Micro-interactions open up a world of questions from, “When should there be a pop-up to sign up for the newsletter?” to “What is the best language to use when allowing a customer to opt-out?”  Thanks to Google Analytics  the the genius of Nicole Smith’s advice, I get to try, test, determine error, and try again.  And silly me if I get too complacent and think that I can do that only once a year!  Website improvements need to be ongoing so as to effectively keep up with the demands and expectations of our customers and how lucky we are to have that kind of instantaneous feedback as well as the ability to make adjustments and changes based on our customer’s needs.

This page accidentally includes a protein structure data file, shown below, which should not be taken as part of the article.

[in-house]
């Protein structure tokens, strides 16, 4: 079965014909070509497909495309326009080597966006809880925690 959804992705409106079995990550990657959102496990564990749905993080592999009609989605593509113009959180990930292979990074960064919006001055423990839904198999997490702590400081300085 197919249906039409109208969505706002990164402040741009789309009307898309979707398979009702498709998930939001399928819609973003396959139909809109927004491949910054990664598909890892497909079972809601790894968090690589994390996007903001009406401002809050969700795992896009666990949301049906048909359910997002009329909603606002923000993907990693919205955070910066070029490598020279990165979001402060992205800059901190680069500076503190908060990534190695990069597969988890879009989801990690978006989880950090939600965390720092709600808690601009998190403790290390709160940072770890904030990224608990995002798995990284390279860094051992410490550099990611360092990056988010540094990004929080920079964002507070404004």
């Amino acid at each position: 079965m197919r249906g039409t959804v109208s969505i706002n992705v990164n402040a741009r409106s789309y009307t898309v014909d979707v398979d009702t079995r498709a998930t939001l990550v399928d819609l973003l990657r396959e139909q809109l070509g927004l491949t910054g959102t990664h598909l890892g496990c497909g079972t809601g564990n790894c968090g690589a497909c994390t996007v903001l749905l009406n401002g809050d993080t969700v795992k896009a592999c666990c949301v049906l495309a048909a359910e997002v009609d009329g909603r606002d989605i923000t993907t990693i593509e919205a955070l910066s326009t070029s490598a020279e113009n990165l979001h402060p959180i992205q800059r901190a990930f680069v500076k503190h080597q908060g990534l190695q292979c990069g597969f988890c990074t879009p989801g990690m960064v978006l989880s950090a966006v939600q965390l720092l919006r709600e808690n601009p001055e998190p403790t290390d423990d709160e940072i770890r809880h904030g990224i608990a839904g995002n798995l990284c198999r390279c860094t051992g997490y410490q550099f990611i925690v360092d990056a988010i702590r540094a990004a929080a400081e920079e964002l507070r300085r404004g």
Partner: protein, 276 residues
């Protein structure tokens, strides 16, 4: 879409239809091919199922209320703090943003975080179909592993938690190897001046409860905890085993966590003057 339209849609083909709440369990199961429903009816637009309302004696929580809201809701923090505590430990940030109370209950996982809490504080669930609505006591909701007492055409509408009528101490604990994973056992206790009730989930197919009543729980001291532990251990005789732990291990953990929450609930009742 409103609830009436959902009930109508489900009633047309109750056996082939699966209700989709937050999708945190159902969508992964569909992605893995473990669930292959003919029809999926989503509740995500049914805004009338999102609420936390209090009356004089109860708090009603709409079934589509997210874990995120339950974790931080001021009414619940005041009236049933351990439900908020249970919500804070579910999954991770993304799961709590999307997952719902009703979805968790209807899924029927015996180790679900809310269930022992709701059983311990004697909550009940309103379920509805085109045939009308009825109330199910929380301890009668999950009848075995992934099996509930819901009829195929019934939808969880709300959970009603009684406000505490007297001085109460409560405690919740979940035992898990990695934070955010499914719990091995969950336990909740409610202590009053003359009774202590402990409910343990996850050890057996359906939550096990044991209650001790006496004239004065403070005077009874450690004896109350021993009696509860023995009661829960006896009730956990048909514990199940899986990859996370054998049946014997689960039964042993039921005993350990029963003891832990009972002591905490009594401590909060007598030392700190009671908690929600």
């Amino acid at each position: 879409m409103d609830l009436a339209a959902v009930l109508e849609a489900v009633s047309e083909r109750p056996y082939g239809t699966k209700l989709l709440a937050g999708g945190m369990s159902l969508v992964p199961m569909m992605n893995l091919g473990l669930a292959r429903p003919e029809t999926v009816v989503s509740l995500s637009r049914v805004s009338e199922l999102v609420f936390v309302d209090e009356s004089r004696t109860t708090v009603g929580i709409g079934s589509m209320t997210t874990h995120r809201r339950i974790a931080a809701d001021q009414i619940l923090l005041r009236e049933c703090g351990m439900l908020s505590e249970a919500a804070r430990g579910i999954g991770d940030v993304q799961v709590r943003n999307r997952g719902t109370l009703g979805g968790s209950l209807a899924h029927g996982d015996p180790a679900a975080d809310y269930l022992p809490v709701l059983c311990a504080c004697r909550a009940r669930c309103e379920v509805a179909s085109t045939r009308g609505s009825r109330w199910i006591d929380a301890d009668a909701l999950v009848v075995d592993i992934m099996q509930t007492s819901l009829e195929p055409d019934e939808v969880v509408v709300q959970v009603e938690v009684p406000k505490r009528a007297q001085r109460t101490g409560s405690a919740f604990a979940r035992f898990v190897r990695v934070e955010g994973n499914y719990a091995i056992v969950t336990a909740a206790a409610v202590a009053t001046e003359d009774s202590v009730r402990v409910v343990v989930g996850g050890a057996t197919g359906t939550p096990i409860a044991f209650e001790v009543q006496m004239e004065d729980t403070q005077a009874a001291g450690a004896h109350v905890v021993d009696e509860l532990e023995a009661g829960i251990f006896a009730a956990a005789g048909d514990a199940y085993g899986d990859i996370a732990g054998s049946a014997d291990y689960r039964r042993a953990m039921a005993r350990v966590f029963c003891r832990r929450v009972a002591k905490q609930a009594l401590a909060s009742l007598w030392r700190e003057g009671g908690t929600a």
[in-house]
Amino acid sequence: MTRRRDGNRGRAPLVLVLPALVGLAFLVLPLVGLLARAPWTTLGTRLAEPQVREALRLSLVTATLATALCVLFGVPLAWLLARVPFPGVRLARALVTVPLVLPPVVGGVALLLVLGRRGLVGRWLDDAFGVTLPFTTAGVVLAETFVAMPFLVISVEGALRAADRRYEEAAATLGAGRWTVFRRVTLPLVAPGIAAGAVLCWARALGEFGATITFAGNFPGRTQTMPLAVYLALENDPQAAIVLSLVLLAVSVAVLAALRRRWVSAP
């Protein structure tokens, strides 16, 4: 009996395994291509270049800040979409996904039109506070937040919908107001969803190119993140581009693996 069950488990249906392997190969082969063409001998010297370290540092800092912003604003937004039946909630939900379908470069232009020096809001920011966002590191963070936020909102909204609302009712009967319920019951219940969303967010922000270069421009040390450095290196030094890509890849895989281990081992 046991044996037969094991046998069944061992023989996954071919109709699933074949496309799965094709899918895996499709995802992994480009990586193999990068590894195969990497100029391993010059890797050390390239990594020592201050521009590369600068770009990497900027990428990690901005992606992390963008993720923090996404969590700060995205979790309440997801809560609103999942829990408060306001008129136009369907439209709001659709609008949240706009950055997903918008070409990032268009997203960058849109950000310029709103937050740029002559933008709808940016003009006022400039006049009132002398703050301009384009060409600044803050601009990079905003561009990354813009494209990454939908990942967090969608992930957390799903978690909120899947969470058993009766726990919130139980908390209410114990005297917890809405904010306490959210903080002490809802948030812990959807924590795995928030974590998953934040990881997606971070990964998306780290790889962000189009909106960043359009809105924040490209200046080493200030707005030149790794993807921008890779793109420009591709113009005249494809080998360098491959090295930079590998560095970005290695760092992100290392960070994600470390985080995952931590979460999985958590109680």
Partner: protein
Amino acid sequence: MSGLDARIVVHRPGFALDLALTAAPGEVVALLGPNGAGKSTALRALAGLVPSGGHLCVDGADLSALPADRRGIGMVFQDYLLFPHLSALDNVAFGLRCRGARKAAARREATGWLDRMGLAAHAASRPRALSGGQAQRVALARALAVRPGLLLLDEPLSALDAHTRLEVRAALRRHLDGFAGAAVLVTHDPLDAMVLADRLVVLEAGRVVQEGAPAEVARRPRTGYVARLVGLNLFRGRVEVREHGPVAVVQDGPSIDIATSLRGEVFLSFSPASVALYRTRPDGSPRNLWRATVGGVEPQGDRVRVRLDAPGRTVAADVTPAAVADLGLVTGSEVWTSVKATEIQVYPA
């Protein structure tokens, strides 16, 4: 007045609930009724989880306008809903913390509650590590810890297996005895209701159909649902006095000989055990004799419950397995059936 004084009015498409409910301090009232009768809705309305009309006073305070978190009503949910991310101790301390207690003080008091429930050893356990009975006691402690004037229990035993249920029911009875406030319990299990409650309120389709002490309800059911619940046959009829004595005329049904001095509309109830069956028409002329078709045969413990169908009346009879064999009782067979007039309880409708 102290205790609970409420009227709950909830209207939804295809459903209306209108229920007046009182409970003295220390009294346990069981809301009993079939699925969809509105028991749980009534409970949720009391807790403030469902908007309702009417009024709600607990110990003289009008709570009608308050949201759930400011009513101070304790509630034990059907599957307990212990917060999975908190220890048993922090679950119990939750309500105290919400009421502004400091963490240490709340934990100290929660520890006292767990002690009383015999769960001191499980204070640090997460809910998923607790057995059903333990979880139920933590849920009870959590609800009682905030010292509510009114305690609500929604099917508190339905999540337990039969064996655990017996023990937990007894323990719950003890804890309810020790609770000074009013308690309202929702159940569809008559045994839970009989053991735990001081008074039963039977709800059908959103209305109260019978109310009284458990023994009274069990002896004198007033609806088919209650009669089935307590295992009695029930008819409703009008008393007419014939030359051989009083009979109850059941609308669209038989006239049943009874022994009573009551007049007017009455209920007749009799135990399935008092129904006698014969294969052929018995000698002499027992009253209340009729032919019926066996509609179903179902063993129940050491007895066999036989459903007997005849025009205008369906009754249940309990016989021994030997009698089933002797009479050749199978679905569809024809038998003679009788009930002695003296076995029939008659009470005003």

Here’s the thing: I certainly haven’t figured it all out yet.  My site is far from perfect right now.  But like one of my friends in Web Development once told me. “That’s what the undo button is for.  There’s nothing you can’t undo.”

 

 

 

When They’re Nearby: The Right Time to Contact Your Customer

img_2635Inspired  by the interview of Jeffrey Rohrs (Chief Marketing Office at Yext) by Jeff Julian (founder of Aji Software and Enterprise Marketer titled Location Based Services for Content Marketers I got to thinking about the right time to contact a customer (without being annoying) to offer value adds and engender customer loyalty and repeat sales. The most important takeaway from their conversation for me was the importance of location and ensuring that the location data that your smartphone or tablet pull up is the same as it appears on your Website.  This is more vital than many marketers are aware.